We were living in California. Our son was two, and we were ready to add to our family. I became pregnant after our first try, we were very excited.
We passed all the chromosomal tests for my “advanced maternal age” (36 going on 37) and appeared to be in the clear. Once the first trimester was over, we announced the news to our family — we were having another boy! I’d had some spotting, but everything looked good on the ultrasound. To be safe, the doctor told us to get another ultrasound at 16 weeks. The spotting had stopped by then, and I expected another good ultrasound.
The ultrasound tech was a little quiet during the exam. The doctor came in, but that’s common. I still expected the all-clear. Instead she said, “I have serious concerns for this pregnancy.” I started to cry, not quite understanding what I was hearing.
The diagnosis was bilateral multicystic dysplastic kidneys. That meant neither kidney had formed correctly — they were just balls of cysts. As a result, my unborn son was not producing amniotic fluid. There was none. I waited for the doctor to tell us the solution. There wasn’t one. One cystic kidney can be managed, but two is very rare (1 in 10,000) and fatal. Because there were no kidneys, he could not form amniotic fluid and would not develop lungs.
Our options were to end the pregnancy then, wait to see if the pregnancy ended itself, or wait to see if the pregnancy went to term. If we waited to term, he could be stillborn or live for only a short time on dialysis awaiting a kidney transplant that would almost certainly not be successful.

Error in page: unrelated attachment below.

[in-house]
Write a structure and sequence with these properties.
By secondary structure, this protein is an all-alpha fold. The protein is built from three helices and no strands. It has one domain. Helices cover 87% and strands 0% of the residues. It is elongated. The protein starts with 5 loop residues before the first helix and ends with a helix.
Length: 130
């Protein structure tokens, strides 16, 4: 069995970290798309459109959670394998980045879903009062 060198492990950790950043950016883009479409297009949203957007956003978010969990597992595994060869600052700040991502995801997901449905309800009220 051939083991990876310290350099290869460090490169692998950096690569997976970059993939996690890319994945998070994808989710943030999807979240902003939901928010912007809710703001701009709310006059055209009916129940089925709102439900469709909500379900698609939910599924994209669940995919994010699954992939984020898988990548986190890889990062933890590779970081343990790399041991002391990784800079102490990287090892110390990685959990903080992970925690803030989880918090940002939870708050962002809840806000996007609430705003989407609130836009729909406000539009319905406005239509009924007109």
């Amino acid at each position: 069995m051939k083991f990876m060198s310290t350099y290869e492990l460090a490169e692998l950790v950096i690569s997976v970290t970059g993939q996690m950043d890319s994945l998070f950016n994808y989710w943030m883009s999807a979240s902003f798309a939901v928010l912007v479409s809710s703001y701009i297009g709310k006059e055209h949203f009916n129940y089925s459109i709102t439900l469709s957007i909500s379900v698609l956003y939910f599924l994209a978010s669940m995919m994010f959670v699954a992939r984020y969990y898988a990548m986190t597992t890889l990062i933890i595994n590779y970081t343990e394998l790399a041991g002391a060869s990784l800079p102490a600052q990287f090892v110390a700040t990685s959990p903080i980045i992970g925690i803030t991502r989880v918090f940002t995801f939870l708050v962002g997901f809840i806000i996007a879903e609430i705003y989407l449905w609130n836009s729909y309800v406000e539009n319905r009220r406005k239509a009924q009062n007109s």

That day, my husband and I decided to end the pregnancy.
We had a voluntary follow-up ultrasound to be sure we were making the right choice for us and to see what they were talking about. I am glad we did that. I’m also glad we were given this choice. His kidneys looked like clusters of grapes. Also, the doctor did not see a bladder or stomach, and the deformed kidneys were so large that his heart was displaced.
If the pregnancy went full-term, our son would not live, and if he somehow did, it would be a short life in pain. I could not do that to my son. This was our first and last parenting decision for this child.
Waiting over a week for the next available hospital slot for my abortion procedure was the most emotionally draining experience of my life. I continued to be and feel pregnant. When my baby kicked I would feel happy, then I’d remember that I would never meet him. At 18 weeks, we terminated the pregnancy and said goodbye to our son.